Finding Neverland

J.M. Barrie used to associate with Arthur Conan Doyle and H.G. Wells. They were on a cricket club together. Three men, distinguished authors, who obsessed over a game. This is fitting, I think, because I can think of no other triumverate of writers who have had more of an effect on my own obsessions than this one. What would genre fiction be like without those guys? Would we have had the pulps, or movie serials, B-movies, science fiction, myteries, or any kind of adventure fiction at all? What would be left? Only serious literature. And who wants to live in that world?

Childish whimsy is at the heart of Finding Neverland, even though it is a very sad film. Johnny Depp plays J.M. Barrie. One day, while taking his enormous sheepdog for a walk in the park, he meets a quartet of imaginative and energetic young boys and their widowed mother. This is the Davies Family. The mother, Sylvia, who is played by Kate Winslet, lives with her offspring in genteel poverty. They have a house but no servants, a domineering grandmother in society, Mrs. Emma du Maurier played by Julie Christie, but no income. Barrie takes an interest in the family, leading the boys in games of make believe. He is also gathering material for his best known work.

This kind of relationship can’t help but attract unsavery rumors, some of which persist until this day (This story is based on real events.) But Barrie, ever a non-conformist, persists with the bond. Only when Mrs. du Maurier explains to him that he is preventing Sylvia from remarrying does he decide to stay away and to attend to his own failing marriage. But he is drawn back to the Davies again when Sylvia falls ill.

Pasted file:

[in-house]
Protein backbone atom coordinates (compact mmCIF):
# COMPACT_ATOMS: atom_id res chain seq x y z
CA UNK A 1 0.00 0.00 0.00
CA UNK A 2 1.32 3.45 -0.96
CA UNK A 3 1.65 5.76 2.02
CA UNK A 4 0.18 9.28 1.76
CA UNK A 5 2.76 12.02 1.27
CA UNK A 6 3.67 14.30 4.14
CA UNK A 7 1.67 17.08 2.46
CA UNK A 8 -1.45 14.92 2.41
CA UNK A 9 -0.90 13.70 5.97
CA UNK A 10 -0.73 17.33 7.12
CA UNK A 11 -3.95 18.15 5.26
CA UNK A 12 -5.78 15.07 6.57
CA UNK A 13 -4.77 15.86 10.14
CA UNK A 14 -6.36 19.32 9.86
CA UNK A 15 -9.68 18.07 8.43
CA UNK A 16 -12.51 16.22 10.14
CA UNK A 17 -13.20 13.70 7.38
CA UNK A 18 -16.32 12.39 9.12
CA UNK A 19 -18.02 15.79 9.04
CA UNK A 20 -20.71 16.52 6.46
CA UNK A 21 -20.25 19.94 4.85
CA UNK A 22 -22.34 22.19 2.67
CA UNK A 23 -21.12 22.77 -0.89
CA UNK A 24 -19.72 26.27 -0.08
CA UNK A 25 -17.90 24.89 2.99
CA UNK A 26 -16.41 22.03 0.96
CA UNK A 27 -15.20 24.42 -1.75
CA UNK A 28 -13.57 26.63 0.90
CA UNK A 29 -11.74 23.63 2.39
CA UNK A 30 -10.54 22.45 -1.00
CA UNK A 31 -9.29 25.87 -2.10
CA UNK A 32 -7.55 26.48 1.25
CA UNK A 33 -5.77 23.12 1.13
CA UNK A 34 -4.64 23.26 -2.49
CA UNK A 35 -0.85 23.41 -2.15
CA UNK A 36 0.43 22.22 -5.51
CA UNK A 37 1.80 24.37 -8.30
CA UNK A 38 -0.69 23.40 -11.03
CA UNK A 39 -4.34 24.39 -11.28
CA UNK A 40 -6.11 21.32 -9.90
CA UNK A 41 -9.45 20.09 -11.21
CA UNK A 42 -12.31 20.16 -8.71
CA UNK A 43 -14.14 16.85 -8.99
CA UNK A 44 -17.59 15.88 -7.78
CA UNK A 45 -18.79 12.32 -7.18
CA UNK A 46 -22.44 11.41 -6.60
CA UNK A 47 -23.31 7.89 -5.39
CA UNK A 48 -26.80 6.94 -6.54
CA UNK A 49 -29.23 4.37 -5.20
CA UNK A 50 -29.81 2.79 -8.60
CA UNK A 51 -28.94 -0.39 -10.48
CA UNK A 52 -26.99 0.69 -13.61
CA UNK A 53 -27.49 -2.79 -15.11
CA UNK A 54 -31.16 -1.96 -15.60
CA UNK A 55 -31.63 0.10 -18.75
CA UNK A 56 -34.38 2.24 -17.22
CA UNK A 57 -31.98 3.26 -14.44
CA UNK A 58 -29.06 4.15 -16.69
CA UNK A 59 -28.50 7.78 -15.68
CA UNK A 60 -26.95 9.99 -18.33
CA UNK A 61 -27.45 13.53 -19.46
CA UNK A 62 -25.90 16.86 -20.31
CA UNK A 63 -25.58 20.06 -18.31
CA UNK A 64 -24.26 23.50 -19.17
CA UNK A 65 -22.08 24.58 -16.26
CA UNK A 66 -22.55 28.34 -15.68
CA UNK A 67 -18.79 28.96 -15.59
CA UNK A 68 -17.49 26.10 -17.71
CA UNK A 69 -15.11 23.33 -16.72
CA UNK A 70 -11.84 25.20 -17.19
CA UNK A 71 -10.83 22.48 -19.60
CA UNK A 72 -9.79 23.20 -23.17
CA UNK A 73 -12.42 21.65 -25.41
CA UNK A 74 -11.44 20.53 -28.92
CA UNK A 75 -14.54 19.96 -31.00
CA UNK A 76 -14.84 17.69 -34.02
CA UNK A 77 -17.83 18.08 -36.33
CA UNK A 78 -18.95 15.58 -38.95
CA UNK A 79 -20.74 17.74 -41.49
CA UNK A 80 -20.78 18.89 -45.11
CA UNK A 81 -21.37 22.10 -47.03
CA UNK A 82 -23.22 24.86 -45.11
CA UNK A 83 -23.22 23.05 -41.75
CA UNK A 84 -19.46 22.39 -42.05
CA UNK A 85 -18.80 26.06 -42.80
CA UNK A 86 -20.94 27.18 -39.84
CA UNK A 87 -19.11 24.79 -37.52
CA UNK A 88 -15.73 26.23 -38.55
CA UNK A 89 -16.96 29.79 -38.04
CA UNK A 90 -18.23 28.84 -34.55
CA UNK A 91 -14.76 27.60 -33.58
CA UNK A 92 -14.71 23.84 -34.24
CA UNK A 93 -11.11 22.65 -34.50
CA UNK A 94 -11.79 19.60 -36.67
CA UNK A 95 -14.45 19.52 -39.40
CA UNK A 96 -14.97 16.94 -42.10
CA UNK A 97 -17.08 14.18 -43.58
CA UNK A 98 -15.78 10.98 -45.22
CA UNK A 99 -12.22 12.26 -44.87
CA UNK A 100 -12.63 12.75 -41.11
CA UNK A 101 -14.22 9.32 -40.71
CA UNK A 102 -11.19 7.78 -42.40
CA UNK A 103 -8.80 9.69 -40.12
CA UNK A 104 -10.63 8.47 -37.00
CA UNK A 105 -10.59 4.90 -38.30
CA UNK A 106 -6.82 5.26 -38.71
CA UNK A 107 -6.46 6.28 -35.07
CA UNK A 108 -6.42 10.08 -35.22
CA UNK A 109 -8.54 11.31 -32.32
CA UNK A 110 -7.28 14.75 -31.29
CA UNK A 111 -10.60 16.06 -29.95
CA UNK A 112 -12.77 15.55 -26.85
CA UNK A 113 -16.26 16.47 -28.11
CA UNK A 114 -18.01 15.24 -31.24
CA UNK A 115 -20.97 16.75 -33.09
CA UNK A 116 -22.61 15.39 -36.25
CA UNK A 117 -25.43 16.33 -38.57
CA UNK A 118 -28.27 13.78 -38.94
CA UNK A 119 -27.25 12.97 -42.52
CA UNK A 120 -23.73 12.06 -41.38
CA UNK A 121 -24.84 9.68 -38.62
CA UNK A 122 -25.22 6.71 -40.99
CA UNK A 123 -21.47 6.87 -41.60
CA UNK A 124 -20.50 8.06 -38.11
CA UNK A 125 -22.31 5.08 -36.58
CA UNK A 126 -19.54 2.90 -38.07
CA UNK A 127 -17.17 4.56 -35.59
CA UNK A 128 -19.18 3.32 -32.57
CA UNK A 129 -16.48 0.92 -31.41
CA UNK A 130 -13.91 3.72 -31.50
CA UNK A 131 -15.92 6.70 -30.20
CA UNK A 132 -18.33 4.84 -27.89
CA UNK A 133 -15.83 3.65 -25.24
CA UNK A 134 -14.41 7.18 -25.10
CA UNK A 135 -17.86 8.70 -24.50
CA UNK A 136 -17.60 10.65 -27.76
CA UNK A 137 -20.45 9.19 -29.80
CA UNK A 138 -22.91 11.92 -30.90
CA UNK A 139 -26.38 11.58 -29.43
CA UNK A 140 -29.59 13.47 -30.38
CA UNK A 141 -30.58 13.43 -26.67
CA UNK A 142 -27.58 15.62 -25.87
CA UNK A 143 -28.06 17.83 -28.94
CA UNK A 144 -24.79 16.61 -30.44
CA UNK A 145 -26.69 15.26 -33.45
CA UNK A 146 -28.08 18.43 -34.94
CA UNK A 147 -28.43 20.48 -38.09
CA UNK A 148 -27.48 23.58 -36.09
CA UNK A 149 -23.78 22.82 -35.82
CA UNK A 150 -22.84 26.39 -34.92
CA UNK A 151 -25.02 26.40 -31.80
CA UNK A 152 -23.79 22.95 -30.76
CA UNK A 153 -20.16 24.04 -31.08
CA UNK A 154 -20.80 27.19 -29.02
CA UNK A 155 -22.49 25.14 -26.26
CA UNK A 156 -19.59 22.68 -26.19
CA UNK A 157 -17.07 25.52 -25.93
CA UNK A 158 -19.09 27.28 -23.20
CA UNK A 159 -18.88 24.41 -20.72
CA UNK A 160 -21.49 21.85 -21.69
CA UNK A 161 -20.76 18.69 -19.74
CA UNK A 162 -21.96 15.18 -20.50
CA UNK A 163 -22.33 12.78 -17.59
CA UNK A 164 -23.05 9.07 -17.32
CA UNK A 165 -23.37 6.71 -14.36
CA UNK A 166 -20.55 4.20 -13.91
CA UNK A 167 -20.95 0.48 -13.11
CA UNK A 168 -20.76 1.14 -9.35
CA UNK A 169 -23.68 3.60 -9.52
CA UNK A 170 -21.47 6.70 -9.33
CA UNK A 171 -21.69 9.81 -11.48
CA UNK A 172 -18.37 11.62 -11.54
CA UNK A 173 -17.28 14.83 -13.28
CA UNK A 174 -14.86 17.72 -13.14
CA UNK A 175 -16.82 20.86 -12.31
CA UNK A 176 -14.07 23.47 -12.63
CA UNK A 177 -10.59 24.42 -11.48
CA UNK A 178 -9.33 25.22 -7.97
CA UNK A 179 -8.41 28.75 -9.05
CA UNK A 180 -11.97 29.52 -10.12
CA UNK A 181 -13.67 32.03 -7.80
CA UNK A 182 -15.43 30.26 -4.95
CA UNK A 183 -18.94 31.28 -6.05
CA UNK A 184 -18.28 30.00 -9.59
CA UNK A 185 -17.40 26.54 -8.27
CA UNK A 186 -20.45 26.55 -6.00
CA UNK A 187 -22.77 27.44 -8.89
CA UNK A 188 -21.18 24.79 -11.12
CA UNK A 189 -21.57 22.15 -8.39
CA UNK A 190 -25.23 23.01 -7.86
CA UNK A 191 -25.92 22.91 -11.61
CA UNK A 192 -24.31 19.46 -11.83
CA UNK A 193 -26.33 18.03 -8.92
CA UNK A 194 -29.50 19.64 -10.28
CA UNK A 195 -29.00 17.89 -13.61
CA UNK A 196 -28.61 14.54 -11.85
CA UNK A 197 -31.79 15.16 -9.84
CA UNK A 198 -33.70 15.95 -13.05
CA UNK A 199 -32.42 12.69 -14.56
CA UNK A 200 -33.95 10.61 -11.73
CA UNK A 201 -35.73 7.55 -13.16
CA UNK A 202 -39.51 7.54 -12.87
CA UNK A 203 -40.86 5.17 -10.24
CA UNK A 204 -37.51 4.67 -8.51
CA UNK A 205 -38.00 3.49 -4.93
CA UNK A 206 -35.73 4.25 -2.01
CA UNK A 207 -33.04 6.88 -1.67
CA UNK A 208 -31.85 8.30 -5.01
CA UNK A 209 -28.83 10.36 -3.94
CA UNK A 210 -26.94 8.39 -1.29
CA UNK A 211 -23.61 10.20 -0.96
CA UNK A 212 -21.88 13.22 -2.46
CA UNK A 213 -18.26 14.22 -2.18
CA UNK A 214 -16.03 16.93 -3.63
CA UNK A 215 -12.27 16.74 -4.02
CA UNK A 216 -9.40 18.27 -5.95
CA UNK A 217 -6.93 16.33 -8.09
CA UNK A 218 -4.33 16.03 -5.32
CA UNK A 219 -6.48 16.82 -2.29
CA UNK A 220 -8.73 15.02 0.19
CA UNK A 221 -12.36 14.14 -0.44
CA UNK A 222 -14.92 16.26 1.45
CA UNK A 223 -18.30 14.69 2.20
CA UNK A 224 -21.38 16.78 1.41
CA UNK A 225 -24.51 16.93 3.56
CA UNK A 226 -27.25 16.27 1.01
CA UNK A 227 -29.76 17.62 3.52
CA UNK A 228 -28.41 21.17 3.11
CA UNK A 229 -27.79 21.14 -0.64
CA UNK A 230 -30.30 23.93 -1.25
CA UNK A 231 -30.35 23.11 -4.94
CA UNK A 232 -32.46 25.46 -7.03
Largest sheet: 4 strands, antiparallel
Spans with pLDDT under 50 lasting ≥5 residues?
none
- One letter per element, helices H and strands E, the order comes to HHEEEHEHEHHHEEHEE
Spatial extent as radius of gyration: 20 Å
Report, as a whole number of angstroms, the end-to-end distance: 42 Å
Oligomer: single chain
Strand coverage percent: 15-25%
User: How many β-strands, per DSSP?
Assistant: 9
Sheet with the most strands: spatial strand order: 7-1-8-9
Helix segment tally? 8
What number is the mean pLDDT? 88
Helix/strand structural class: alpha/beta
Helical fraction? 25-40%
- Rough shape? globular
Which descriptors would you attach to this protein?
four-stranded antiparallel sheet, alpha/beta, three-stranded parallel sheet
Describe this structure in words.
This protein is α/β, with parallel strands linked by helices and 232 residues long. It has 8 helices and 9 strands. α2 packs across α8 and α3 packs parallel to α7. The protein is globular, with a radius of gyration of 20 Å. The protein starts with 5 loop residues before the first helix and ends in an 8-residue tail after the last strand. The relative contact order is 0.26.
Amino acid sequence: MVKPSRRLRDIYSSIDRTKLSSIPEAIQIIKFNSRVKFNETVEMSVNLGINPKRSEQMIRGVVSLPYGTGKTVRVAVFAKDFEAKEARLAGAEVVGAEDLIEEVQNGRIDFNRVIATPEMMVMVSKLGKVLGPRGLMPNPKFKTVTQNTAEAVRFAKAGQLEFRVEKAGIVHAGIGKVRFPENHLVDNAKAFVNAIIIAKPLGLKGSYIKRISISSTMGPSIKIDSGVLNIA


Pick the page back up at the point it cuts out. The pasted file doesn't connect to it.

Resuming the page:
Finding Neverland is a wonderful movie. Depp, as usual, disappears into his role, using a flawless Irish accent to depict Barrie as whimsical, yet at the same time oddly reserved. He doesn’t chase about like a member of Monty Python; his flights of fancy are more subtle, but just as imaginative.

Kate Winslet deverves mention. She captures both the concern of a woman in a desparate situation, and the joy of a mother watching her children blossom. The children were excellent, especially Peter, a middle child, played by Freddie Highmore. The script is good, using fantasy sequences to illustrate Barrie’s imaginary concoctions. The cinematography finds Neverland in ordinary London with bright colors and swooping camera moves.

This movie flies like the imagination it celebrates, like Peter Pan, tossing his arm forward and leaping out the bedroom window, followed by the Darling children. And even though the ending is very sad, you will leave uplifted.

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2 Responses to “Finding Neverland”


  1. 1 boodlesbaloney February 6, 2005 at 4:21 am

    I agree, Depp portrayed his character with a flawless Irish accent.  Unfortunately Barrie was SCOTTISH.

  2. 2 cebert2 February 6, 2005 at 2:40 pm

    Ah, I was hoping nobody would notice that.  If you'll notice I did correct it in my review of The Aviator.


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